“When I’m about to walk into the room, I expect everyone to stand up, clap and cheer for me, open my door, and pull out my chair because I am ‘God’s Man!’”
Sounds a little ridiculous, doesn’t it? In fact, if I said this to anyone in my family, they’d laugh at me and wonder if I had gotten into the communion wine. And, if I said these words to anyone on staff at New Song Church where I serve as Lead Pastor, I honestly believe that they’d punch me in the throat! Rightly so!
A few years ago one of my friends worked for a church where all the staff members were instructed by their Executive Pastor to follow the above protocol any time the Senior Pastor walked into the room. The reasoning behind such an extreme culture of honor was because the Senior Pastor was viewed as “God’s Man.” And those on his staff were to “honor God’s Man at all costs.” And not only that, but they were asked to sign a covenant document pledging their life in ministry to this particular Senior Pastor. And to take matters one step further, in the event a staff member should ever decide to leave that particular church, they were to promise that they would never again serve in a vocational ministry role under another leader because they had broken their covenant to that Senior Pastor and were in direct disobedience of his authority.
Scary huh? Sounds a bit like Koresh, Jones, Manson, and Hitler to me…and we all know how those regimes ended. An extreme culture of honor can destroy any organization, and the fact that it exists in churches is frightening. Tony Morgan wrote a great post about this if you’d like to read more specifically on this topic. But the question I have is sort of the thing behind the thing: “How do these extreme honor cultures develop in the first place?”
In an interview with Michael Hyatt, backstage at the Chick-fil-A Leadercast 2012, Andy Stanley addressed this very topic. If you fast-foward to about 7:00 minute mark, you will find him addressing these ideas for about 3 minutes. Andy referenced a book entitled, “Inside the Third Reich” by Albert Speer, who was Adolf Hitler’s right hand man and was with him from the beginning of his rise to power all the way to his suicide (though a little long, a great read for anyone in leadership). In his book, Speer noted that the reason Hitler was able to carry out such catastrophic evil in this world was because from the very start he surrounded himself with a court”of ‘”yes men”-men who praised his every move, convinced him that he could do no wrong, and fed his evil ego.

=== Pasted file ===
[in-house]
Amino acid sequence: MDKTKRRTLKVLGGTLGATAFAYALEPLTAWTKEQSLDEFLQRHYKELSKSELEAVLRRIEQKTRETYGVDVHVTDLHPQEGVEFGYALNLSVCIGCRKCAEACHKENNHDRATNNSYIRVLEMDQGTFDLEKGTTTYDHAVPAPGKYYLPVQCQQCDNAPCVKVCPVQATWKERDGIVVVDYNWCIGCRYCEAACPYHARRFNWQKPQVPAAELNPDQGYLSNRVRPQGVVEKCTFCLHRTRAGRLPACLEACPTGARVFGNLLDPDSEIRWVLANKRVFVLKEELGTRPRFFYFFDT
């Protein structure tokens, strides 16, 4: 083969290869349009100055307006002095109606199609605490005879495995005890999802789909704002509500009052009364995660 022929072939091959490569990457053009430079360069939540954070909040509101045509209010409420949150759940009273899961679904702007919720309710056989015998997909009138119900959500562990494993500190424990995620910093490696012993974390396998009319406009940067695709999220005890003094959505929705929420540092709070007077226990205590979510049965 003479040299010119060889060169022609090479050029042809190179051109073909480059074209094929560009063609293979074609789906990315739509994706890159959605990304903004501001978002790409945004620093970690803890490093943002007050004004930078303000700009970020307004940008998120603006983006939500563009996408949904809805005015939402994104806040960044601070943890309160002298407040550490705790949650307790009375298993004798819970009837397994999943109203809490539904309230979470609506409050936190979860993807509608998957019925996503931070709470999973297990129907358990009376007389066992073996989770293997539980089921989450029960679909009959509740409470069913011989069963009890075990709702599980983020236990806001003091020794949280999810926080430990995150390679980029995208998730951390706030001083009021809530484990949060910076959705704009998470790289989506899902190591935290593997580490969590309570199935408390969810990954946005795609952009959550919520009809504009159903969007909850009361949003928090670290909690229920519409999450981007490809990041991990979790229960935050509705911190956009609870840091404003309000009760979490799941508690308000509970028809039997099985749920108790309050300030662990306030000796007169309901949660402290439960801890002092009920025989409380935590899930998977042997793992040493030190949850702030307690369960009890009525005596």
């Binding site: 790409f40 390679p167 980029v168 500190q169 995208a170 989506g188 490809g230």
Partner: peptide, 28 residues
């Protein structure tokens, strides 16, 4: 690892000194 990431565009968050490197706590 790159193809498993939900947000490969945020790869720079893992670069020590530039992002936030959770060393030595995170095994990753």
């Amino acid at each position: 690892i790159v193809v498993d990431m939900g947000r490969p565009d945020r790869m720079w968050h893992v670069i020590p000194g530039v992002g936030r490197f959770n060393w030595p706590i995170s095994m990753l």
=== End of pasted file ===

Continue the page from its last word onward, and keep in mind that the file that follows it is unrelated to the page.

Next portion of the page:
It’s easy to gravitate toward people who will stroke your ego. After all, no one wants to hear that they’re making a mistake, that they’re out of line, or that their ideas aren’t very good. Pride makes these things hard to stomach and even harder to own. But unless you allow truth-tellers in your court, you will never reach your fullest potential as a leader. Moreover, the longer you listen to a court of “yes-men”, the more you buy into the lie that you don’t need accountability-and lack of accountability leads to evil behavior, which damages the lives of others!
Let me ask you a question: What kind of people do you have in your court? Do you surround yourself with people who will speak the truth to you, no matter how badly it hurts? Or do you surround yourself with yes-men who simply tell you what you want to hear instead of what you really need to hear? Without the right people in your court, you are in DANGER!